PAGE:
Wednesday, April 17, 2019

NASA's Lunar Retroreflector Array instrument may have survived the April 11 crash-landing of Israel's Beresheet moon probe.

The NASA payload, known as the Lunar Retroreflector Array (LRA), is a technology demonstration composed of eight mirrors made of quartz cube corners that are set into a dome-shaped aluminum frame. These mirrors are intended to serve as markers for other spacecraft, which can use them to orient themselves for precision landings.
The entire instrument is smaller than a computer mouse and lightweight. But it's tough, radiation-hardened and designed to be long-lived, so the LRA may not have been destroyed by Beresheet's hard landing.
The Lunar Orbiter Laser Altimeter (LOLA) instrument aboard NASA's Lunar Reconnaissance Orbiter (LRO) spacecraft will begin planning LRA-hunting observations soon.
Laser beams generated by LOLA hit the lunar surface and bounce back to the instrument. For each beam that returns, LOLA measures its time of flight, or range.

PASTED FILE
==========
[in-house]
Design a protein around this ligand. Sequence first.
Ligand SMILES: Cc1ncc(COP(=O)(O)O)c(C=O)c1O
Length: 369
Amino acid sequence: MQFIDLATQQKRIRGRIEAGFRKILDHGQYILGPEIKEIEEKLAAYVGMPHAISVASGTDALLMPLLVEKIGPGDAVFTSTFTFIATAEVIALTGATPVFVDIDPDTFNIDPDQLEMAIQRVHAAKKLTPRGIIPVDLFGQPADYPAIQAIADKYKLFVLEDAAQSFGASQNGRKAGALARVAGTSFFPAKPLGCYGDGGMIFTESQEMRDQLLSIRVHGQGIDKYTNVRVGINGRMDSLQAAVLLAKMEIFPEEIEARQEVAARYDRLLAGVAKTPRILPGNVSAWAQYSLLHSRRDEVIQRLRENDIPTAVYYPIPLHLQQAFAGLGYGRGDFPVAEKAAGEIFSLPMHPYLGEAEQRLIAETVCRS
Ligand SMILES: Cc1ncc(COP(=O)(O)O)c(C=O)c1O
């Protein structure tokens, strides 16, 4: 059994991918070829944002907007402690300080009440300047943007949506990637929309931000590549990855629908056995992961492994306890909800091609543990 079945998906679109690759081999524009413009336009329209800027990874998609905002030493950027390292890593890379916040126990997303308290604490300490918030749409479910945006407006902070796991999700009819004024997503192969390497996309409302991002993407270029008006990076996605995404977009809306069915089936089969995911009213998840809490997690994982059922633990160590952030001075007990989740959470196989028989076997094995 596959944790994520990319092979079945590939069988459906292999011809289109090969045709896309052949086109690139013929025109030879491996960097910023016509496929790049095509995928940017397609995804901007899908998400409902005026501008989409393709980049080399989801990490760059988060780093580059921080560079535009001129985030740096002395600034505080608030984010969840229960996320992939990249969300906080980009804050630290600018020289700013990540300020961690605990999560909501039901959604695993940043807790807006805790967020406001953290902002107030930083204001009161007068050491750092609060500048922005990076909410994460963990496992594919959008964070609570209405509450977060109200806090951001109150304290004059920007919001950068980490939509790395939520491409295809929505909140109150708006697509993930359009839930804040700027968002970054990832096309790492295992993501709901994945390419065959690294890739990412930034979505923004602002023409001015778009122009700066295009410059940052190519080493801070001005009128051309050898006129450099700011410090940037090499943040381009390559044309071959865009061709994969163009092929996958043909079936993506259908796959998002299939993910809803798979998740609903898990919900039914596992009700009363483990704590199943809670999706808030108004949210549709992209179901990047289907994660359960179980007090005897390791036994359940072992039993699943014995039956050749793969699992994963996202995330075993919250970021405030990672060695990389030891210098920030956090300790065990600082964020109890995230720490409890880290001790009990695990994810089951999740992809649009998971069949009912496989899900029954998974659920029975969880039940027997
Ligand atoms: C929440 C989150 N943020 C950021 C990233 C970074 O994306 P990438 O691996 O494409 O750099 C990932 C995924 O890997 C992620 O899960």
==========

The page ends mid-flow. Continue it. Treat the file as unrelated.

And if LOLA manages to bounce some light off the LRA reflector, the team should know about it.
NASA is interested in dotting the moon with many such retroreflectors in the future. These would serve as permanent "fiducial markers" on the moon, meaning future craft could use them as points of reference to make precision landings.
In addition, LRO is attempting to image Beresheet's crash site with its Lunar Reconnaissance Orbiter Camera system

No comments:

Post a Comment